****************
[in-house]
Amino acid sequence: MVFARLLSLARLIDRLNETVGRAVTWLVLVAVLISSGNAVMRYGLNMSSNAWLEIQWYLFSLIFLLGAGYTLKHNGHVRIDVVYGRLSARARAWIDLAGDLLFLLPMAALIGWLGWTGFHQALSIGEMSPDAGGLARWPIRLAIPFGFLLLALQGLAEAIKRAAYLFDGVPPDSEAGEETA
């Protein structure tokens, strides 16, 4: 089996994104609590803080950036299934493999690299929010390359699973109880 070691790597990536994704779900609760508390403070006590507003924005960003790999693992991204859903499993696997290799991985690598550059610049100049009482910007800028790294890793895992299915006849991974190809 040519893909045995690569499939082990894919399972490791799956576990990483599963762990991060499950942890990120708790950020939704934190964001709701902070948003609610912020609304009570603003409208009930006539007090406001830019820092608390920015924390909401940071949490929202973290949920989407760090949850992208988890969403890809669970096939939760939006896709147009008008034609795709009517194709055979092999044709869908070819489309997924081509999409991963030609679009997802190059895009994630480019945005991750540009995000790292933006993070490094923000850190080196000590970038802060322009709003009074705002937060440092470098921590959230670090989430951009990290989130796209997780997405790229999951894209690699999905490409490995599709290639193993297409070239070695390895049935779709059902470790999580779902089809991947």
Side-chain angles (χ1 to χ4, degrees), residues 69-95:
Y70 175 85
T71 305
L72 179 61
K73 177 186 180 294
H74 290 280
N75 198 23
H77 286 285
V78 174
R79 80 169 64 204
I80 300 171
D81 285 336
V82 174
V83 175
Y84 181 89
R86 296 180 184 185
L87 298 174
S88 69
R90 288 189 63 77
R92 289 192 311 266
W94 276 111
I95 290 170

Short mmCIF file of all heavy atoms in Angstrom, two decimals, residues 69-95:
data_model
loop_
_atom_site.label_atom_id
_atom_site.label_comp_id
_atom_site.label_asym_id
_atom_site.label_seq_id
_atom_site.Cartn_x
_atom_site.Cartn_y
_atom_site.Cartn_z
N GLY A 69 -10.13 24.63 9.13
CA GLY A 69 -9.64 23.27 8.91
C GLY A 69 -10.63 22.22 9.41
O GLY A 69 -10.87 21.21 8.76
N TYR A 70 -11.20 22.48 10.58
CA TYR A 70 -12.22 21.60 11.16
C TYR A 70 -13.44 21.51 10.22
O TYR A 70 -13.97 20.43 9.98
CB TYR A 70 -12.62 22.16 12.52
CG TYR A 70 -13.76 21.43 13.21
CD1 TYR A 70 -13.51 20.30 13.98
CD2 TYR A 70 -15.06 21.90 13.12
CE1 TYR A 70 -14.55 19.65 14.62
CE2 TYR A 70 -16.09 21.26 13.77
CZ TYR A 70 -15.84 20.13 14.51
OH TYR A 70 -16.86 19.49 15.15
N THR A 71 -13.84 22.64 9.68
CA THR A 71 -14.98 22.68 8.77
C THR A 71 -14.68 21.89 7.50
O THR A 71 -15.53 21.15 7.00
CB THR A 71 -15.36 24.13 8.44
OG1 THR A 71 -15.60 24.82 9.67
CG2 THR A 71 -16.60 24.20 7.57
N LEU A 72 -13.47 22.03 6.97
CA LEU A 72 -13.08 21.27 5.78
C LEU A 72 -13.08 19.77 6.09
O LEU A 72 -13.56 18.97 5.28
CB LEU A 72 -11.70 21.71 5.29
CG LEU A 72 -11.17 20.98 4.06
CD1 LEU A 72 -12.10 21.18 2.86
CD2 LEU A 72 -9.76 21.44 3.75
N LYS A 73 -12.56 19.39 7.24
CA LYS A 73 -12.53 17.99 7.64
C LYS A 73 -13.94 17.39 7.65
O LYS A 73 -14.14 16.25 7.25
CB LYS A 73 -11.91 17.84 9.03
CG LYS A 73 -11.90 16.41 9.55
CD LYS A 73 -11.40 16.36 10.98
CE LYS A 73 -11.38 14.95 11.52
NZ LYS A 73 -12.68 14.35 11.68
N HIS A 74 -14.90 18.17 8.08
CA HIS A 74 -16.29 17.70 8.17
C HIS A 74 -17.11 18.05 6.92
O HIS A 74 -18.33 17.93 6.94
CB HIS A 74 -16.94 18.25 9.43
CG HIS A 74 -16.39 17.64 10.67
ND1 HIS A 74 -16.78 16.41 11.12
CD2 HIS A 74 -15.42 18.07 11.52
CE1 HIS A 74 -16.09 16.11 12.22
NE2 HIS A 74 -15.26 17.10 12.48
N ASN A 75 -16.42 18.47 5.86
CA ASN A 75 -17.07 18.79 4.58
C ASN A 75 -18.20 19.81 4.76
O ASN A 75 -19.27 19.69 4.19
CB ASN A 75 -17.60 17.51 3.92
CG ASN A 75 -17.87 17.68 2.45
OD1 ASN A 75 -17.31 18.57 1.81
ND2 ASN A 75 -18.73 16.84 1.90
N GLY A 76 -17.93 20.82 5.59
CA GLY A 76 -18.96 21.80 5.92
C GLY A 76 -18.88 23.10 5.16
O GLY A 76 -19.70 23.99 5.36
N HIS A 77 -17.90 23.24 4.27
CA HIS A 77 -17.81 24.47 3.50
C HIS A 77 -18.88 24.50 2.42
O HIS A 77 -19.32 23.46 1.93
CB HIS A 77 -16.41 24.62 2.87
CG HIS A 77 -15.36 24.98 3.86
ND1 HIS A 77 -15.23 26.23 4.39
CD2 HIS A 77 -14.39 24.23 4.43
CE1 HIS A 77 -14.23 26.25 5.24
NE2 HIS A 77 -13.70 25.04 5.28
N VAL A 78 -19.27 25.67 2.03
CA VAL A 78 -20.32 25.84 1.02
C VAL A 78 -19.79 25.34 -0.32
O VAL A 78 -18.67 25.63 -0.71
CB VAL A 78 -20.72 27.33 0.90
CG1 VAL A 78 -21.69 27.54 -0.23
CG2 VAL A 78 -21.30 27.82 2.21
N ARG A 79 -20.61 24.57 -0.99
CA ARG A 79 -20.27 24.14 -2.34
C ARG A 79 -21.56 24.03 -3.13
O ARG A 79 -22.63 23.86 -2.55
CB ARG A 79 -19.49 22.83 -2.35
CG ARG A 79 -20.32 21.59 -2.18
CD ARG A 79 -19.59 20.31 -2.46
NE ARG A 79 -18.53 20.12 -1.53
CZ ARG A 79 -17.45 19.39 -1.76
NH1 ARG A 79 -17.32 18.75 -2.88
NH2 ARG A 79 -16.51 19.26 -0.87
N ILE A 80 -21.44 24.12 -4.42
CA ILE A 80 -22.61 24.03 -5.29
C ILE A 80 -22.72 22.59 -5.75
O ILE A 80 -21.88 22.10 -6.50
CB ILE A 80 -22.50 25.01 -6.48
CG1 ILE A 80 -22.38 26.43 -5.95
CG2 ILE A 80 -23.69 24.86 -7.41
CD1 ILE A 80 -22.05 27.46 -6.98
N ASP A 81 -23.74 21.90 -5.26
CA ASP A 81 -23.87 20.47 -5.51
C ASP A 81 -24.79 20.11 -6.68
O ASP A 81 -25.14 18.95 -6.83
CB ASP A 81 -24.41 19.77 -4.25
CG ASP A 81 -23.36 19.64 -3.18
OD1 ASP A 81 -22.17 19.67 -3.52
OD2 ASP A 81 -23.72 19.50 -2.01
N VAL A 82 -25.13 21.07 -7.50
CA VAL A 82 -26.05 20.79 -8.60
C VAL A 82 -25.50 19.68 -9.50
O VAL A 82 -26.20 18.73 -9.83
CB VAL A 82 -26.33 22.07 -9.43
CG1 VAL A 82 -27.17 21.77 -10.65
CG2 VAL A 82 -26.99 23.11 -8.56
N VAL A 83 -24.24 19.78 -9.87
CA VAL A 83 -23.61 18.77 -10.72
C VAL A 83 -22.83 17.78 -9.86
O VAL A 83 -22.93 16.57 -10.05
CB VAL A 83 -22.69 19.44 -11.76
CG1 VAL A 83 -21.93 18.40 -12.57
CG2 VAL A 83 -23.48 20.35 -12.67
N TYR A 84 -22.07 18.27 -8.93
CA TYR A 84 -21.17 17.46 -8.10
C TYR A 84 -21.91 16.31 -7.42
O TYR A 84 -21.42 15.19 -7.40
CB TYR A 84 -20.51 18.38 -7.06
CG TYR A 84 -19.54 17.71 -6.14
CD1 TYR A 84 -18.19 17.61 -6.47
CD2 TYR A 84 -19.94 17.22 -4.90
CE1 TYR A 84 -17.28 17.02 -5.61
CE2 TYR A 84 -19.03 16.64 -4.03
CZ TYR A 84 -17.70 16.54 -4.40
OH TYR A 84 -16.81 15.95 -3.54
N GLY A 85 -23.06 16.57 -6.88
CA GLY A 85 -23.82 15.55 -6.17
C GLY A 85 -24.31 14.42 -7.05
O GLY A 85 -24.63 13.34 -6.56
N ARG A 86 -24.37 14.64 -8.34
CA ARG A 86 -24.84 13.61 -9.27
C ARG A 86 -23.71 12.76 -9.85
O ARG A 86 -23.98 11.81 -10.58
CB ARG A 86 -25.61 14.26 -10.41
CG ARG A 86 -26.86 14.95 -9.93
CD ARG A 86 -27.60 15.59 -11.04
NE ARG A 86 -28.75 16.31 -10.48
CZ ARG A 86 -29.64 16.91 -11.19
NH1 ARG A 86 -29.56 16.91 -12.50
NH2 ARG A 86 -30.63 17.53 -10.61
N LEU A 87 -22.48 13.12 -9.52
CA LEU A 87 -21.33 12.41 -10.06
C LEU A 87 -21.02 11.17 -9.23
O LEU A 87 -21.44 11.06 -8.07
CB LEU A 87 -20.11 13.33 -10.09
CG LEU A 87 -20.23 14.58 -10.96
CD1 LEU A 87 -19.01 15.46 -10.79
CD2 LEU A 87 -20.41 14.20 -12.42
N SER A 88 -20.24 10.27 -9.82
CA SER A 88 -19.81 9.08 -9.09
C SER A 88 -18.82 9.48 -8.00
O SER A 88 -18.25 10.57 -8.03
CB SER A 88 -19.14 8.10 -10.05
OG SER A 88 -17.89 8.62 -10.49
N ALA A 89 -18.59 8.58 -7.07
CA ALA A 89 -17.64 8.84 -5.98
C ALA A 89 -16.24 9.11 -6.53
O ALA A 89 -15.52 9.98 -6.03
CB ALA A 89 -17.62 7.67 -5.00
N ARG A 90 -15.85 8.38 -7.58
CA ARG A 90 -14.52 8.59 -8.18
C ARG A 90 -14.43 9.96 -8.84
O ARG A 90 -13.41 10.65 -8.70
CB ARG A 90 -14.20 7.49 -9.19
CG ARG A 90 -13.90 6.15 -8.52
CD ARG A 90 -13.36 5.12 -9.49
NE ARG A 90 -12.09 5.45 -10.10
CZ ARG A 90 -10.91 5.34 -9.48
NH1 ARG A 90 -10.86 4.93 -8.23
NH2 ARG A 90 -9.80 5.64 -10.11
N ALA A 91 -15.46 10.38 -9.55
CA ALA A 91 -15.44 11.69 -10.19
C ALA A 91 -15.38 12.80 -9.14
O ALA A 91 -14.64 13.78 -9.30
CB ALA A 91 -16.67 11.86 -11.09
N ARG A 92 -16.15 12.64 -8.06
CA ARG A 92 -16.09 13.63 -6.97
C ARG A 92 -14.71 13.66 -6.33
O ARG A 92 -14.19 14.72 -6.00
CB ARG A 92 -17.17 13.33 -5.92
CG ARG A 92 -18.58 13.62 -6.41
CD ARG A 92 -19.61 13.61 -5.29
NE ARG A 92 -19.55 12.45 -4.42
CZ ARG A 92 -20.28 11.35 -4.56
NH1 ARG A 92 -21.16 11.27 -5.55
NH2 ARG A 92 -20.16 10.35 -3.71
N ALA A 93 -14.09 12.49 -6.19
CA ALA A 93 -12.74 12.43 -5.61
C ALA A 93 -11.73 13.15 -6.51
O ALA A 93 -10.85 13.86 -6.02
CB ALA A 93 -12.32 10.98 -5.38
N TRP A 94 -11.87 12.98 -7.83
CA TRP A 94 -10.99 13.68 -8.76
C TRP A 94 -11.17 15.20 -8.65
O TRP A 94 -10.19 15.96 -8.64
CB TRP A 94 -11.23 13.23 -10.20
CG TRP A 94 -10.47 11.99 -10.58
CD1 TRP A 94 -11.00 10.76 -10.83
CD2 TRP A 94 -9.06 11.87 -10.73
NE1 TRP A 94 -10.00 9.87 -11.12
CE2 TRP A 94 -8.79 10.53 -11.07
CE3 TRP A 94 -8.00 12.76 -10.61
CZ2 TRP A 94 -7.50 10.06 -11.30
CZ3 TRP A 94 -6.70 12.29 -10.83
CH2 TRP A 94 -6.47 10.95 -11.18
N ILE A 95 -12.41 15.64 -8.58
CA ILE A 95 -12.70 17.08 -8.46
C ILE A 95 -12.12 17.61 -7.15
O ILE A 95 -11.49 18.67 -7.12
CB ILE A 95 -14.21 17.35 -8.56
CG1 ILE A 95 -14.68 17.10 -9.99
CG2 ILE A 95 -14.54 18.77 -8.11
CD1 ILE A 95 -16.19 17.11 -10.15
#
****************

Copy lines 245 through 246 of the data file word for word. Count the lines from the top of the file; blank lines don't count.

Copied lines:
CZ2 TRP A 94 -7.50 10.06 -11.30
CZ3 TRP A 94 -6.70 12.29 -10.83